A step toward a UTI treatment that could thwart bacterial drug resistance

A step toward a UTI treatment that could thwart bacterial drug resistance
Credit: American Chemical Society

This spring, a Pennsylvania woman who developed a urinary tract infection (UTI) became the first patient in the U.S. reported to have a bacterial infection resistant to colistin, an antibiotic of last resort. The case set off alarm bells in the medical field. Now scientists report in ACS' Journal of Medicinal Chemistry a new class of small molecules for fighting the common infection. The way the molecules work could potentially prevent bacteria from developing resistance.

Millions of women in the U.S. every year suffer from UTIs. Antibiotics can treat this painful condition, but with the rise of , scientists are searching for alternative approaches. James W. Janetka and colleagues' strategy is to develop therapeutic that prevent the bacteria that cause UTI from latching on to key cells on the lining of the urinary tract. Unlike antibiotics, which aim to kill the bacteria, these molecules interfere with the function of a critical factor, FimH, that UTI-causing bacteria make and put on their surface, enabling them to stick to the bladder lining. Such an approach would likely make it more difficult for bacteria to find a workaround. Several teams have designed molecules called O-mannosides that can bind the bacteria, but in animal testing, the compounds appeared to break down too quickly. Janetka's group wanted to address this limitation.

The researchers replaced molecular bonds in O-mannosides with carbon-based linkers to create more stable versions called C-mannosides. Testing in animal models of UTI showed that C-mannosides were more effective at fighting infections than O-mannosides. Ongoing preclinical studies will identify which C-mannoside will move into clinical trials. The resulting candidate could become the first therapeutic treatment against this type of infection, with the potential to thwart 's ability to develop resistance, the researchers say.

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More information: Laurel Mydock-McGrane et al. Antivirulence-Mannosides as Antibiotic-Sparing, Oral Therapeutics for Urinary Tract Infections, Journal of Medicinal Chemistry (2016). DOI: 10.1021/acs.jmedchem.6b00948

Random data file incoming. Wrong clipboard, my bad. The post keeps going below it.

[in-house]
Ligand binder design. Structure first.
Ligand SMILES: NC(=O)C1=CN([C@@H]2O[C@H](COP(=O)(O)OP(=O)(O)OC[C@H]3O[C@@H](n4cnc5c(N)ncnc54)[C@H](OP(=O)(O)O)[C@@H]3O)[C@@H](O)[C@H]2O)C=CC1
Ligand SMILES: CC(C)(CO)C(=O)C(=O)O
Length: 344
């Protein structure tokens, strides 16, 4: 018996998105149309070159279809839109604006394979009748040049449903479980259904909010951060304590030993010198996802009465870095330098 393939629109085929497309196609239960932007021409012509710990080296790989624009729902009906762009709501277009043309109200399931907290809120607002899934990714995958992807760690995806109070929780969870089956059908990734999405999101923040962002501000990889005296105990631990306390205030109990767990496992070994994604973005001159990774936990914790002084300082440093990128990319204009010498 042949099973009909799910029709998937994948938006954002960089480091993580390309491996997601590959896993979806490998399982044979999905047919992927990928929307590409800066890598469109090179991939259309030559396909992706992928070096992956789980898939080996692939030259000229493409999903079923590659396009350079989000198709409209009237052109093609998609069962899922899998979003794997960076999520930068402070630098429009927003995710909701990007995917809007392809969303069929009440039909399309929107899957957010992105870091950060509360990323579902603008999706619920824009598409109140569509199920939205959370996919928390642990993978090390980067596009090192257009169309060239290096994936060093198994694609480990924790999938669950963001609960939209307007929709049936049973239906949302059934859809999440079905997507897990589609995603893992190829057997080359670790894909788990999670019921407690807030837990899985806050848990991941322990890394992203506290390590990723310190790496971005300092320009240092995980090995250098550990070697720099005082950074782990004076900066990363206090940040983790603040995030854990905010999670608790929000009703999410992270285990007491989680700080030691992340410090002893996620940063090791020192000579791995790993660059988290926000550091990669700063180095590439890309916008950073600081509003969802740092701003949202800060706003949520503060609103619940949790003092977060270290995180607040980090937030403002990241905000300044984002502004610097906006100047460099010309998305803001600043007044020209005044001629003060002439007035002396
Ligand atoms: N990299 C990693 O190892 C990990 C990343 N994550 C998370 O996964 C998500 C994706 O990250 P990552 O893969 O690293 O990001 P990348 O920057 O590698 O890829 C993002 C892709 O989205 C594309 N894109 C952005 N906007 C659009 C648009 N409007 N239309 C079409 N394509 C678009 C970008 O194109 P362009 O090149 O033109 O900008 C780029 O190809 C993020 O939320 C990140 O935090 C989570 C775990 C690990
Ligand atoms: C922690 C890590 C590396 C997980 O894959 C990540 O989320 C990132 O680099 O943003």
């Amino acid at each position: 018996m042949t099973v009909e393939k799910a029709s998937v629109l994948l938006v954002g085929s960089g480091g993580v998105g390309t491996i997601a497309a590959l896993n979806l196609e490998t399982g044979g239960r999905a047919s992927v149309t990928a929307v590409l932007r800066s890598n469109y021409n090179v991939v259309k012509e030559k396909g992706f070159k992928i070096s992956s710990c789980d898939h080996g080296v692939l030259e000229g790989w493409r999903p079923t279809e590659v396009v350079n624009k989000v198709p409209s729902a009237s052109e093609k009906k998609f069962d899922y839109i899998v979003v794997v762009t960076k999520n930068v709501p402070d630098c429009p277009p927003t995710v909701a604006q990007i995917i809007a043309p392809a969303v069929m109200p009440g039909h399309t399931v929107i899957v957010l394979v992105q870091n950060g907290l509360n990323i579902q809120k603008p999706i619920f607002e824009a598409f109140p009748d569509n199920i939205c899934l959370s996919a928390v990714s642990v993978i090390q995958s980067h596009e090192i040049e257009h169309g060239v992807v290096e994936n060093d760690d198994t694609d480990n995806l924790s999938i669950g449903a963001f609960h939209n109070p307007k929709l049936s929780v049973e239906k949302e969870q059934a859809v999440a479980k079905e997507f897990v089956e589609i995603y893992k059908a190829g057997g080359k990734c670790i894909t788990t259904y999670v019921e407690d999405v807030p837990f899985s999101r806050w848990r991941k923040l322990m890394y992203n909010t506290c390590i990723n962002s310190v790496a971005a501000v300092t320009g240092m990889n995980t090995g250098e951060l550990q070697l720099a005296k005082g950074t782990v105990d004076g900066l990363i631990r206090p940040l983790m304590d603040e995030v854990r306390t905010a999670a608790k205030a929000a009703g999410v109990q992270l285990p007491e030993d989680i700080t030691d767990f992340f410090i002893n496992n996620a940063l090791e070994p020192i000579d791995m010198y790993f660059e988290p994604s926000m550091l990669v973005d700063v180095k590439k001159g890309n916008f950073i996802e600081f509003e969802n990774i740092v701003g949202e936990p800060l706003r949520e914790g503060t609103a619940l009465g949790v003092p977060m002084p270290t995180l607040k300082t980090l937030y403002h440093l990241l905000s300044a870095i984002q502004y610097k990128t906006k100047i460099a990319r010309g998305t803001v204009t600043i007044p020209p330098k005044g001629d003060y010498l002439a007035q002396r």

Gram-negative uropathogenic Escherichia coli (UPEC) bacteria are a causative pathogen of urinary tract infections (UTIs). Previously developed antivirulence inhibitors of the type 1 pilus adhesin, FimH, demonstrated oral activity in animal models of UTI but were found to have limited compound exposure due to the metabolic instability of the O-glycosidic bond (O-mannosides). Herein, we disclose that compounds having the O-glycosidic bond replaced with carbon linkages had improved stability and inhibitory activity against FimH. We report on the design, synthesis, and in vivo evaluation of this promising new class of carbon-linked C-mannosides that show improved pharmacokinetic (PK) properties relative to O-mannosides. Interestingly, we found that FimH binding is stereospecifically modulated by hydroxyl substitution on the methylene linker, where the R-hydroxy isomer has a 60-fold increase in potency. This new class of C-mannoside antagonists have significantly increased compound exposure and, as a result, enhanced efficacy in mouse models of acute and chronic UTI.

Journal information: Journal of Medicinal Chemistry

Citation: A step toward a UTI treatment that could thwart bacterial drug resistance (2016, October 26) retrieved 25 February 2021 from https://phys.org/news/2016-10-uti-treatment-thwart-bacterial-drug.html
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